## TCSD Curriculum Guide: Science

HS Physics‎ > ‎

### Phys Unit 5: Electricity and Magnetism (14 days)

#### Essential Questions

Where do electricity and magnetism come from?
How do electricity and magnetism affect charged objects?

#### Vocabulary

·      charge (q) – the fundamental electric property to which the mutual attractions and repulsions between electrons or protons in attributed

·      Coulomb (C) – the unit of charge

·      electron – a light, negatively-charge subatomic particle found in the space surrounding the nucleus

·      proton – a heavy, positively-charged subatomic particle found in atomic nuclei

·      Law of Electric Charges – a law that states that like charges (negative/negative or positive/positive) repel and opposite charges (negative/positive) attract

·      Law of Conservation of Charge – a law that states that charge cannot be created or destroyed in a system

·      Coulomb’s Law – an equation that describes the force(s) between charged particles; it states that the force is proportional to the charges and inversely proportional to the square of the distance between the charges

·      electrostatic constant (ke) – a constant used in Coulomb’s Law; ke = 9.0x109 Nm^2/C^2

·      electrical conductivity – a measure of how well electric charge flows through a material; it depends on how much electrons are free to move within the material

·      conductor – a material with a high electrical conductivity because its electrons are generally free to move around

·      insulator – a material with a low electrical conductivity because its electrons are tightly bound in place

·      semiconductor – a material with variable electrical conductivity because electrons are free to move around, but only after an impurity (different element) has been added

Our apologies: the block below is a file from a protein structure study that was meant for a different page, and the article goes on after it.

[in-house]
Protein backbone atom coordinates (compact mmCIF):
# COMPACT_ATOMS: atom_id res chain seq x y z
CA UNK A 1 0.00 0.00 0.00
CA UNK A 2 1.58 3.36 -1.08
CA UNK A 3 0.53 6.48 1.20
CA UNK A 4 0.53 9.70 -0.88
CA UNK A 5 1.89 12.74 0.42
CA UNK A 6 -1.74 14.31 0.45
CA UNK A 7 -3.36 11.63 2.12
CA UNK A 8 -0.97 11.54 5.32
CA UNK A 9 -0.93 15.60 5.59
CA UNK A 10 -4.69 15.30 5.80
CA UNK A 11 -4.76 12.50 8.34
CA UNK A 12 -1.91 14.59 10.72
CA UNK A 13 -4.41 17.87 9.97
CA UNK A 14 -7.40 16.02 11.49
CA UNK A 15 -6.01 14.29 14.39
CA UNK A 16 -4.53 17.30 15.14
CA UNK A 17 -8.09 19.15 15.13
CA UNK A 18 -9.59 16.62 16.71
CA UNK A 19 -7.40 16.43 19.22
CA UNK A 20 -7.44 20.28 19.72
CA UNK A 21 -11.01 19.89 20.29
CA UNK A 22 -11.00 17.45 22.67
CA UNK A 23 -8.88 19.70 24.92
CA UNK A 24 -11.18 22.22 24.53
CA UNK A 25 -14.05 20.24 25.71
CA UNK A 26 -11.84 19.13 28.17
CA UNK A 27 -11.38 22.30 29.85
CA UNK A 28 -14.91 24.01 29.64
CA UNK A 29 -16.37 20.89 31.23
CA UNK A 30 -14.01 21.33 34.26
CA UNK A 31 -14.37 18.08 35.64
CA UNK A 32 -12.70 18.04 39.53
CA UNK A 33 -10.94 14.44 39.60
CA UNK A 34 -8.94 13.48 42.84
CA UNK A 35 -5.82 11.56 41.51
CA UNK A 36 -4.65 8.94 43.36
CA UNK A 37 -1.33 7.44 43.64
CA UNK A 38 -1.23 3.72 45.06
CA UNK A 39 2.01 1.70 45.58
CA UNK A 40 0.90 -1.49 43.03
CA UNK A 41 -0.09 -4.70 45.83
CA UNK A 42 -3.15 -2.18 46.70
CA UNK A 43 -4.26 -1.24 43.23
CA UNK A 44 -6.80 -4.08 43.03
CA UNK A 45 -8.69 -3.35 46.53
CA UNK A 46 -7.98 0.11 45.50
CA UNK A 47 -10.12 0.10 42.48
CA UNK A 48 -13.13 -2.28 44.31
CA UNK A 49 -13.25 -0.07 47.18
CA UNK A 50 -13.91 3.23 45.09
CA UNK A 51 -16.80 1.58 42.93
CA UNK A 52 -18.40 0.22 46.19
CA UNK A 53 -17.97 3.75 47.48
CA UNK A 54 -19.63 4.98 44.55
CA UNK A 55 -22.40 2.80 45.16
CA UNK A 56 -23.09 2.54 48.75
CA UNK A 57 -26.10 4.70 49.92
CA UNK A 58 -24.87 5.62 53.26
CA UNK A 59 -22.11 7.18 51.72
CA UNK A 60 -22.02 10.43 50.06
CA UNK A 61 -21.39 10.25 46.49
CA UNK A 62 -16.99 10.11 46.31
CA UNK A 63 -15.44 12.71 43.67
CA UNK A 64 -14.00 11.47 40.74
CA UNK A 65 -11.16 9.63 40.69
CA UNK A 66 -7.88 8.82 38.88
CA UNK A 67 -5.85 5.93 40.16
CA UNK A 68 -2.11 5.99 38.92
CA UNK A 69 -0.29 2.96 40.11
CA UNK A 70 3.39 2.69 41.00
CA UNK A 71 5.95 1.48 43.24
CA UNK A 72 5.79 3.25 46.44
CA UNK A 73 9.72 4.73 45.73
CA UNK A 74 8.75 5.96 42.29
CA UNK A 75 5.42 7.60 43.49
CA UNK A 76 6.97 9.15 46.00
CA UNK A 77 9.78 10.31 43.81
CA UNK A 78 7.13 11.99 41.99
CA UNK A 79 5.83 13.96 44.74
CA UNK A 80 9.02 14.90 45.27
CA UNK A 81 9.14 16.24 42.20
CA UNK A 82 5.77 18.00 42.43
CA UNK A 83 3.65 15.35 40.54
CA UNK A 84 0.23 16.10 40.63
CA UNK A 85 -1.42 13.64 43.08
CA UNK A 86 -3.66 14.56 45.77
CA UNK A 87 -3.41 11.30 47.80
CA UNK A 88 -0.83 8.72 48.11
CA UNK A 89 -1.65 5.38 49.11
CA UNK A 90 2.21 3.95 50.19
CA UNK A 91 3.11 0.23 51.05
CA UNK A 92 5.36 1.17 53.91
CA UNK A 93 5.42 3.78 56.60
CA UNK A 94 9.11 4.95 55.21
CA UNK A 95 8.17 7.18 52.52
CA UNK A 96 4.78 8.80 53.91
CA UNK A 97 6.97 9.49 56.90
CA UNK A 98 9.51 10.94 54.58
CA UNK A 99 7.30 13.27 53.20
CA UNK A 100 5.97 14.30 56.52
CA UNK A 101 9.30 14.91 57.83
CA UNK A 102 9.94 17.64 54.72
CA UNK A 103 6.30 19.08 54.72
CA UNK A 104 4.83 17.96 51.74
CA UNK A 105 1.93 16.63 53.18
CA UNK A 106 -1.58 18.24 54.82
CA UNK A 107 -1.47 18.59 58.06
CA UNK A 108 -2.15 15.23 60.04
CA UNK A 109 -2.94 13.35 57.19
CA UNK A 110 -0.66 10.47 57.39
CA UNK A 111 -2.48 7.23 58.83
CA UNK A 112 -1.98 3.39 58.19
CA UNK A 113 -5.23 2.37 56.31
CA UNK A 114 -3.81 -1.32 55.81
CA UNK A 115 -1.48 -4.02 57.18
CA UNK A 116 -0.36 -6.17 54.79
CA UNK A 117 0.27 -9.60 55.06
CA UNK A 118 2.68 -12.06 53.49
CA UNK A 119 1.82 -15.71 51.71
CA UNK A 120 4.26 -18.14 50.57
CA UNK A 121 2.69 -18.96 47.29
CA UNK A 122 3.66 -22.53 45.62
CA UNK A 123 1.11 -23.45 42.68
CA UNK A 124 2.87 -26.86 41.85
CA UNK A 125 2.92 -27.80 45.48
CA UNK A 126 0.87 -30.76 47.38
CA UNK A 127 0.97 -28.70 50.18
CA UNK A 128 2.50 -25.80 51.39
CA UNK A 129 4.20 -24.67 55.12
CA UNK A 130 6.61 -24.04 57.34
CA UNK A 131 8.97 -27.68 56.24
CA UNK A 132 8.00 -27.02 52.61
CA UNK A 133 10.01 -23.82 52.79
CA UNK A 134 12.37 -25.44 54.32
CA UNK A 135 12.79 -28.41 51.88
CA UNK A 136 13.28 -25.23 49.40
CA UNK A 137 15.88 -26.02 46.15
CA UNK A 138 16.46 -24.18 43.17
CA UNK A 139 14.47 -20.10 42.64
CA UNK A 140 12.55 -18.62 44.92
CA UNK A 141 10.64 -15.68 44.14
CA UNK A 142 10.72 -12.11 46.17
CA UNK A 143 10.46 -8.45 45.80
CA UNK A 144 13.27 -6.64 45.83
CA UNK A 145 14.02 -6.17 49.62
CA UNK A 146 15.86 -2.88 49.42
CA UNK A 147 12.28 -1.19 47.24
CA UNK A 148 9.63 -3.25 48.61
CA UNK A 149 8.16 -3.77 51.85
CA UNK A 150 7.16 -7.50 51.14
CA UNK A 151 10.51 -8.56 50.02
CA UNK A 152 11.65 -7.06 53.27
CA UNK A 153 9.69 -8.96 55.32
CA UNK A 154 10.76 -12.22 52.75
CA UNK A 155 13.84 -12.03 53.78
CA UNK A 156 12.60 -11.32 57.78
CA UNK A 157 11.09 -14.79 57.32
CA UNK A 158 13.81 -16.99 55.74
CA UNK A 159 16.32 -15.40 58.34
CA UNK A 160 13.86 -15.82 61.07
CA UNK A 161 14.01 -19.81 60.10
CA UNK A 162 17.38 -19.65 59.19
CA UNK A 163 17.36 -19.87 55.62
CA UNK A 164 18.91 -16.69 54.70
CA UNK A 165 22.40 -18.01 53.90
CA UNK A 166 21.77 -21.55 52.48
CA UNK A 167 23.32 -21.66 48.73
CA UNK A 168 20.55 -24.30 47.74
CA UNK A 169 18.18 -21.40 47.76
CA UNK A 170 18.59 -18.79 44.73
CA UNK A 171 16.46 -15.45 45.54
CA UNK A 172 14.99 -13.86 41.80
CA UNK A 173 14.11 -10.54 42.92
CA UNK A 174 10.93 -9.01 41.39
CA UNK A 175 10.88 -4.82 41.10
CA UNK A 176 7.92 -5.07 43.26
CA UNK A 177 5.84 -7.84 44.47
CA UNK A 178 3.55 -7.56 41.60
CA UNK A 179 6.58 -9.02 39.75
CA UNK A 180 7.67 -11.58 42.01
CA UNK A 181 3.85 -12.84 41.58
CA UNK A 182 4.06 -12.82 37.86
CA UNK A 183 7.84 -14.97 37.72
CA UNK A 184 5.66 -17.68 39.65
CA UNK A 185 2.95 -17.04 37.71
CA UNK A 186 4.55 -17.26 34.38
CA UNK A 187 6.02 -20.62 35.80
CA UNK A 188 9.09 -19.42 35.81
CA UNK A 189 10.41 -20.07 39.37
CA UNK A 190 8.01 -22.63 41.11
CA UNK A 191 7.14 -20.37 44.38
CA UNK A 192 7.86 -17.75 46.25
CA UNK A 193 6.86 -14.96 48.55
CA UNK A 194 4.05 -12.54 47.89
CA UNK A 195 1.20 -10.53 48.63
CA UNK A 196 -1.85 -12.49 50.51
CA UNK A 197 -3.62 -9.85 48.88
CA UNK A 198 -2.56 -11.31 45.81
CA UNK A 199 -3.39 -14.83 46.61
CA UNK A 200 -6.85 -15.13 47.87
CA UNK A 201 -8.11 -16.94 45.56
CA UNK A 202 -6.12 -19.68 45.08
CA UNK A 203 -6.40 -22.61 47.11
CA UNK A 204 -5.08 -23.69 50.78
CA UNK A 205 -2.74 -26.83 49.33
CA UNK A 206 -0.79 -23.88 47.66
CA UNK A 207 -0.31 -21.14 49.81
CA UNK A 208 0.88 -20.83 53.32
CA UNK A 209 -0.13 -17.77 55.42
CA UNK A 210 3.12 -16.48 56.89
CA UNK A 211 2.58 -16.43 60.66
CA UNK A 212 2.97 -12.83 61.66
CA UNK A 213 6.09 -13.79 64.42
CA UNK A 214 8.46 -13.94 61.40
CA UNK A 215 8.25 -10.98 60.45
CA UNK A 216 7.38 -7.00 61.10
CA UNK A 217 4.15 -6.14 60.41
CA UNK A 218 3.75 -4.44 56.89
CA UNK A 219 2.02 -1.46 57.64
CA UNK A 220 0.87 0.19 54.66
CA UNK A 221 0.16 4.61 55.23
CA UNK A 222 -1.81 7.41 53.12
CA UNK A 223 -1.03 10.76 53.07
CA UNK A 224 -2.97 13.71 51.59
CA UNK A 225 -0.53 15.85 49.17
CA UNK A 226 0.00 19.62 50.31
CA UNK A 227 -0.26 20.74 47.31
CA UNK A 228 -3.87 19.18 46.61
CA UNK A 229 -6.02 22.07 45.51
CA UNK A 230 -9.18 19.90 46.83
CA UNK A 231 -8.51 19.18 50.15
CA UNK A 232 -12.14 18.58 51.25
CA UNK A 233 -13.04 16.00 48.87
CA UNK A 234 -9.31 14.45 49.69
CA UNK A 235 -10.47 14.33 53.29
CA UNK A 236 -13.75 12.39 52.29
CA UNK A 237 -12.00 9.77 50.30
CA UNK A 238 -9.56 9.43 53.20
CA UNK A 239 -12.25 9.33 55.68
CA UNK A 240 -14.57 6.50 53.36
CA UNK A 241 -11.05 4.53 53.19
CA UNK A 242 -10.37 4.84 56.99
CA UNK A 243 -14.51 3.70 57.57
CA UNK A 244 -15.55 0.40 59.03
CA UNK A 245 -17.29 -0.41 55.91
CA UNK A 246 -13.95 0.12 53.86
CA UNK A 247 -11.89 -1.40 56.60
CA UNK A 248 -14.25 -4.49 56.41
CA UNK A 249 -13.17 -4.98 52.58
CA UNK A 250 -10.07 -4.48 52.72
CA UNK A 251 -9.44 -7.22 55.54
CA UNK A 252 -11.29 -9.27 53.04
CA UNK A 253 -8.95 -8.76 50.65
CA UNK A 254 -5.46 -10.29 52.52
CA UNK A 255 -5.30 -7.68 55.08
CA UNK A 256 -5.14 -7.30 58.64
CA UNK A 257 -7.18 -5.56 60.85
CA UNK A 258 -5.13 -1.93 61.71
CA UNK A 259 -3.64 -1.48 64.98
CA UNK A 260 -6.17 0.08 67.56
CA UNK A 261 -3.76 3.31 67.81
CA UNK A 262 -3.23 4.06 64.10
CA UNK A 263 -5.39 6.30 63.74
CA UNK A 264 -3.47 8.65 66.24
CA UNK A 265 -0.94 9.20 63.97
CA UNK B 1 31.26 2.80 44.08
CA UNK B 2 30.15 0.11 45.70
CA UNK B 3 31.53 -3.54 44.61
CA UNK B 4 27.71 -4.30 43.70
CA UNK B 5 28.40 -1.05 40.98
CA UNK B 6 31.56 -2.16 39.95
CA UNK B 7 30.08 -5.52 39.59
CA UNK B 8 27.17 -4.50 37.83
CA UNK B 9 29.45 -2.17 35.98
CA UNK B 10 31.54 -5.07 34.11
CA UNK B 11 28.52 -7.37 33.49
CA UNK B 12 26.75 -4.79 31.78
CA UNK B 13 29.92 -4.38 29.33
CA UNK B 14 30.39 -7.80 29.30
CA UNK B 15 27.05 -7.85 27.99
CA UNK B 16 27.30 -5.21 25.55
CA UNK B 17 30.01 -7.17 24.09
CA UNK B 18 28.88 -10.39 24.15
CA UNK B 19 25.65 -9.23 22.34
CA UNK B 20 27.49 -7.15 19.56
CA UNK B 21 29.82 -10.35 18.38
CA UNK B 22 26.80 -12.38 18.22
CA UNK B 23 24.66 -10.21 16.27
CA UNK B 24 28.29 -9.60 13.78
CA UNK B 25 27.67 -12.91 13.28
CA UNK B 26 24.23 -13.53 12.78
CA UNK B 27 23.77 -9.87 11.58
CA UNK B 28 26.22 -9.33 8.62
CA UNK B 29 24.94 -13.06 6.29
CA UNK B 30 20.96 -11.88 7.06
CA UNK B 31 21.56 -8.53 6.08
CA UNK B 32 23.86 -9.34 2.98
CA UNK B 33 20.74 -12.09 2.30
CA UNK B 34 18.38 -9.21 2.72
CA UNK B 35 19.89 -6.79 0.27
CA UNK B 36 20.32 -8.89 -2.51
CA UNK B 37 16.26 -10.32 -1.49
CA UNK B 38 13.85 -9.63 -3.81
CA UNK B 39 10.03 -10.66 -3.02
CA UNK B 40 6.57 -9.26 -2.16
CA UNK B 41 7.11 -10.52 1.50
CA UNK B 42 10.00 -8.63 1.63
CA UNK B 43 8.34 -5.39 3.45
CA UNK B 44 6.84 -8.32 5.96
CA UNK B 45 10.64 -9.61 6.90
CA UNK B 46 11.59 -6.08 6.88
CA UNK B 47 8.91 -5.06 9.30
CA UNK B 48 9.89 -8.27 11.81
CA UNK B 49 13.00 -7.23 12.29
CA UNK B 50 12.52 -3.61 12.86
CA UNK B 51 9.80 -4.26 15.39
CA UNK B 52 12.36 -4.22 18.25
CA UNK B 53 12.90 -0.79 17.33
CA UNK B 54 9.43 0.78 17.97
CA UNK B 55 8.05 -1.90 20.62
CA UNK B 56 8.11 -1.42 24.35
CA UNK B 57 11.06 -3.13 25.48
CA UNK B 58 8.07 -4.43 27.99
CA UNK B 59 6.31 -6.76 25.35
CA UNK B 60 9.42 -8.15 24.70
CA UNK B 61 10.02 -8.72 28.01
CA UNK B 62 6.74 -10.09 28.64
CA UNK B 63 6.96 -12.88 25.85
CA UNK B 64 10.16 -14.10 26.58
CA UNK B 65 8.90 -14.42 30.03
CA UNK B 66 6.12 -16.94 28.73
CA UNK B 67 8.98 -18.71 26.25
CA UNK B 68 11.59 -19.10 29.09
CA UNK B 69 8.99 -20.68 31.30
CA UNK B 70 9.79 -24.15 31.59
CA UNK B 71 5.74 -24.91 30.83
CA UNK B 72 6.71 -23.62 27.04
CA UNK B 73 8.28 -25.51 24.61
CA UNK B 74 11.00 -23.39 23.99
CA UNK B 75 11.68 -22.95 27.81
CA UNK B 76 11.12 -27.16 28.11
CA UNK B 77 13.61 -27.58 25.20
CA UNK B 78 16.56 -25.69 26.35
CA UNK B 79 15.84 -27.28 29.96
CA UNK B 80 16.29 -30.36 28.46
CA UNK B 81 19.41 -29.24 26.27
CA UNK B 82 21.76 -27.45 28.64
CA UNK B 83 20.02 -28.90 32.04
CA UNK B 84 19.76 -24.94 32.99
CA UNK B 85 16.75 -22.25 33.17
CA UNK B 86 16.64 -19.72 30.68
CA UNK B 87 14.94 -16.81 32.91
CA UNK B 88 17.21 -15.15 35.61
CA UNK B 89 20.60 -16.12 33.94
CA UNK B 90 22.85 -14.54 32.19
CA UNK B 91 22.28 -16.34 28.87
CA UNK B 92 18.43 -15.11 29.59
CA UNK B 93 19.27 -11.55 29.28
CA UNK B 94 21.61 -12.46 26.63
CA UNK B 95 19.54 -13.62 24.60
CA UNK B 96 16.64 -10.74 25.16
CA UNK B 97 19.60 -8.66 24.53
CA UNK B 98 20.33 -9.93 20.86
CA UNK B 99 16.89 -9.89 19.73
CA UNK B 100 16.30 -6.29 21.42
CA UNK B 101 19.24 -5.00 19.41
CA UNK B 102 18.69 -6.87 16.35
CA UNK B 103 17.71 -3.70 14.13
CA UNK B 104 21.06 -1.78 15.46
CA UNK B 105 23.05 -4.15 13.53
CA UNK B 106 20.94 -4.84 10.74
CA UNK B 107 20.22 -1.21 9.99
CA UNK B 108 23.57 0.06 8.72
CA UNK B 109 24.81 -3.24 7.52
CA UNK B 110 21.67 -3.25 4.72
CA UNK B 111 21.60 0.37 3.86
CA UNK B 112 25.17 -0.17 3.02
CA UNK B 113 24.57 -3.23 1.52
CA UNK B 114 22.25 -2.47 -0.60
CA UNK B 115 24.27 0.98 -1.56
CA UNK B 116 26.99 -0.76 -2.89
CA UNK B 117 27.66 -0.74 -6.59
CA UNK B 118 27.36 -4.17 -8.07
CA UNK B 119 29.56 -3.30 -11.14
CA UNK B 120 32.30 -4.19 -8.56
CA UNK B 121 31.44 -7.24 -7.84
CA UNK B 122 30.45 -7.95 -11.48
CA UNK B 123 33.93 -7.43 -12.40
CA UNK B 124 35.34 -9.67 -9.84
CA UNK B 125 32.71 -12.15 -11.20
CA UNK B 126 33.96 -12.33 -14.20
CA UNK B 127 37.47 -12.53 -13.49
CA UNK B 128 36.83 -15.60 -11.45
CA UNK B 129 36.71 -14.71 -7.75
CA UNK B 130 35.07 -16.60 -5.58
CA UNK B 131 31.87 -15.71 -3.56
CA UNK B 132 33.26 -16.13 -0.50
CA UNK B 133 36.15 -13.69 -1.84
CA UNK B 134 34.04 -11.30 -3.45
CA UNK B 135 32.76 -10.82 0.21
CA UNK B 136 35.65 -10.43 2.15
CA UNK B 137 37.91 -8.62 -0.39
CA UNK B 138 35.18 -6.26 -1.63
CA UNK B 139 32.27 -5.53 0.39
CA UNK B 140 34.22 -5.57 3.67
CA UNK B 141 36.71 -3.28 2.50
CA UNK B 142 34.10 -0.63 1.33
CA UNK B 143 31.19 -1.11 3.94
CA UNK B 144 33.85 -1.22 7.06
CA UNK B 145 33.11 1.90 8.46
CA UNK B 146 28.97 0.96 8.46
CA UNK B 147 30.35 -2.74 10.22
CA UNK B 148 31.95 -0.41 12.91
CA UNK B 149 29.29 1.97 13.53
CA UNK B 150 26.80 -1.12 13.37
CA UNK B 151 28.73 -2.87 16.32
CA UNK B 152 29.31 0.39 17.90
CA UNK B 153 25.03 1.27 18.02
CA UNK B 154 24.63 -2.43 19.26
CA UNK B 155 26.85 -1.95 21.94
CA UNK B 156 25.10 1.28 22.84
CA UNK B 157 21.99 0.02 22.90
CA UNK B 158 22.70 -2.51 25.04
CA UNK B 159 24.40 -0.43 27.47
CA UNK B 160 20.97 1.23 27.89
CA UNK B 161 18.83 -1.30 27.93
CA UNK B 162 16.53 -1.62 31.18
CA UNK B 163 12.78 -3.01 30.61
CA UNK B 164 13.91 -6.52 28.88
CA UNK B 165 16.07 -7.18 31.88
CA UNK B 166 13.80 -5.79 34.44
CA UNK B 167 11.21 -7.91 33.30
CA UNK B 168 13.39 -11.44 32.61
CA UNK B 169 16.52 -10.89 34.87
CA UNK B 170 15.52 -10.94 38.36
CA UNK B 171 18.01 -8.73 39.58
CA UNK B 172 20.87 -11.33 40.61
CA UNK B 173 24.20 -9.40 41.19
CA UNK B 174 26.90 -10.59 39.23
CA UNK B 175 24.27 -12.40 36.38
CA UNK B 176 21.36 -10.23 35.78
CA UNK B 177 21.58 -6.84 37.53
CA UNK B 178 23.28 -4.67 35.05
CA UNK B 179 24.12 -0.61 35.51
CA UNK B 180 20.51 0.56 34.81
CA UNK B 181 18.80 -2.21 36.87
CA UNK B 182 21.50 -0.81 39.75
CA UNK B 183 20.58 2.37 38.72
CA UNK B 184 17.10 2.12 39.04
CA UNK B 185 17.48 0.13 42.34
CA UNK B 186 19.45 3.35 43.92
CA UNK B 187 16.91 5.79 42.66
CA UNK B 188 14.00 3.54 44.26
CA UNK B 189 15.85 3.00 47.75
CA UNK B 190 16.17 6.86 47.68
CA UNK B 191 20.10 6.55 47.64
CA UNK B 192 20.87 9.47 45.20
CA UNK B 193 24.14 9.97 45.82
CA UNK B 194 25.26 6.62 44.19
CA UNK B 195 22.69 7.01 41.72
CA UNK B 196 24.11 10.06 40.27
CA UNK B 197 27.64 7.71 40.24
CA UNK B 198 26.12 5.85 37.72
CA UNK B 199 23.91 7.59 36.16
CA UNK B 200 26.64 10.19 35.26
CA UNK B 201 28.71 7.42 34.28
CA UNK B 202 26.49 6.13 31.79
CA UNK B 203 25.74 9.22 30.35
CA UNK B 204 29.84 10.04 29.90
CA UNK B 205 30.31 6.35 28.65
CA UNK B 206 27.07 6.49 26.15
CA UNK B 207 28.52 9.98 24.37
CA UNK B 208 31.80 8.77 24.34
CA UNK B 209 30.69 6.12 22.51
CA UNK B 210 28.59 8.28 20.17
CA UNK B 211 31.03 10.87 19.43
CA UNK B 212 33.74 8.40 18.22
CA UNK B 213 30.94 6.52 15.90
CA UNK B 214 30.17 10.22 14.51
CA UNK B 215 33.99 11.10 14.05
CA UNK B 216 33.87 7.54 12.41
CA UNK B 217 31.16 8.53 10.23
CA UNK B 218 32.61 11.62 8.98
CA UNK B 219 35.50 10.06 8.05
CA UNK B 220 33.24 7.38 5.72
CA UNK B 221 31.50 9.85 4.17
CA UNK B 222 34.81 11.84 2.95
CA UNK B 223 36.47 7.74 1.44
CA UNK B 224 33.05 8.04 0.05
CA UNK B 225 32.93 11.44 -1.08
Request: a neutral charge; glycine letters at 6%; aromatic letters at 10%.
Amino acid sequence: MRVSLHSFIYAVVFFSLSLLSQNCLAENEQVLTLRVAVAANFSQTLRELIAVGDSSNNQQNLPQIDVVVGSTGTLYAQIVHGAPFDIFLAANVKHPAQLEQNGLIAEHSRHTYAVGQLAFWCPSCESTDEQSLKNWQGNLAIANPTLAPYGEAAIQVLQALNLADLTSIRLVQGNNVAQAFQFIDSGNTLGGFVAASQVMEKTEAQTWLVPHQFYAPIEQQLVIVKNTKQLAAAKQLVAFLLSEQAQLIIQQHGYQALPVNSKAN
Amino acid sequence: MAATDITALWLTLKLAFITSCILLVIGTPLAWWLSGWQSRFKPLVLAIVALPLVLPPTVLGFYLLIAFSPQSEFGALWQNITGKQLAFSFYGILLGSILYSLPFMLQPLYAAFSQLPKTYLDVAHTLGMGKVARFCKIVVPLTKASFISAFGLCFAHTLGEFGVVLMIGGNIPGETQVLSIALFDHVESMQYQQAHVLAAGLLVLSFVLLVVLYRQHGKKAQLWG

·      (NOT for mastery) superconductor – a material with near infinite electrical conductivity at extremely low temperatures

·      charging by friction – occurs when electrons are transferred when one material rubs against another

·      charging by contact – occurs when a charged object in placed in contact with a neutral item

·      charging by induction – occurs when an object is charged without direct contact

·      electric field (E) – a force field that fills the space around every electric charge or group of charges; it points from positive to negative

·      electric potential energy (PE) – the energy a charged object has because of its position relative to another charged object

·      electric potential/voltage (V) – electric potential energy per Coulomb

·      volts (V) – unit of electrical potential/voltage

·      static electricity – electric charge that has accumulated on an object

·      static discharge – a sudden and brief flow of electrons

·      electric current (I) – the continuous flow of electric charge due to a difference in electric potential

·      Amperes (A) – unit of electric current

·      direct current (DC) – current that flows in one direction

·      alternating current (AC) – current that repeatedly reverses direction

·      resistance (R) – the resistance of a material to the flow of electric current through it

·      ohm (Ω) – unit of resistance

·      Ohm’s Law – the equation that shows the relationship between electric potential/voltage, current, and resistance; V=IR

·      fuse/circuit breaker – devices that are designed to open overloaded electrical circuits to prevent overheating

·      series circuit – an electrical circuit in which the electrons flow in one continuous path

·      parallel circuit – an electrical circuit that contains two or more branches for electrons to flow

·      equivalent (total) resistance (Rtotal) – the resistance in an electrical circuit if all of the resistors were replaced by one equivalent resistor

·      Law of Magnetic Poles – a law that states that like poles of magnets (north/north or south/south) repel and unlike poles of magnets (north/south) attract

·      magnetic field (B) – a force field that fills the space around every magnet or current-carrying wire; it points from north to south

·      electromagnetic induction – the phenomenon of inducing a voltage by changing the magnetic field around a conductor

·      Faraday’s Law – a law that states that the amount of induced voltage is proportional to the number of loops in the conductor and the rate at which the electromagnetic flux changes (speed at which the magnetic field moves relative to the conductor)

·      generator – a device consisting of a coil that rotates in a stationary magnetic field, producing alternating current

·      transformer – a device for increasing or decreasing voltage through electromagnetic induction

 ċ Phys.Unit5.LearningGoalsView Aug 18, 2012, 7:09 PM Emilie Siverling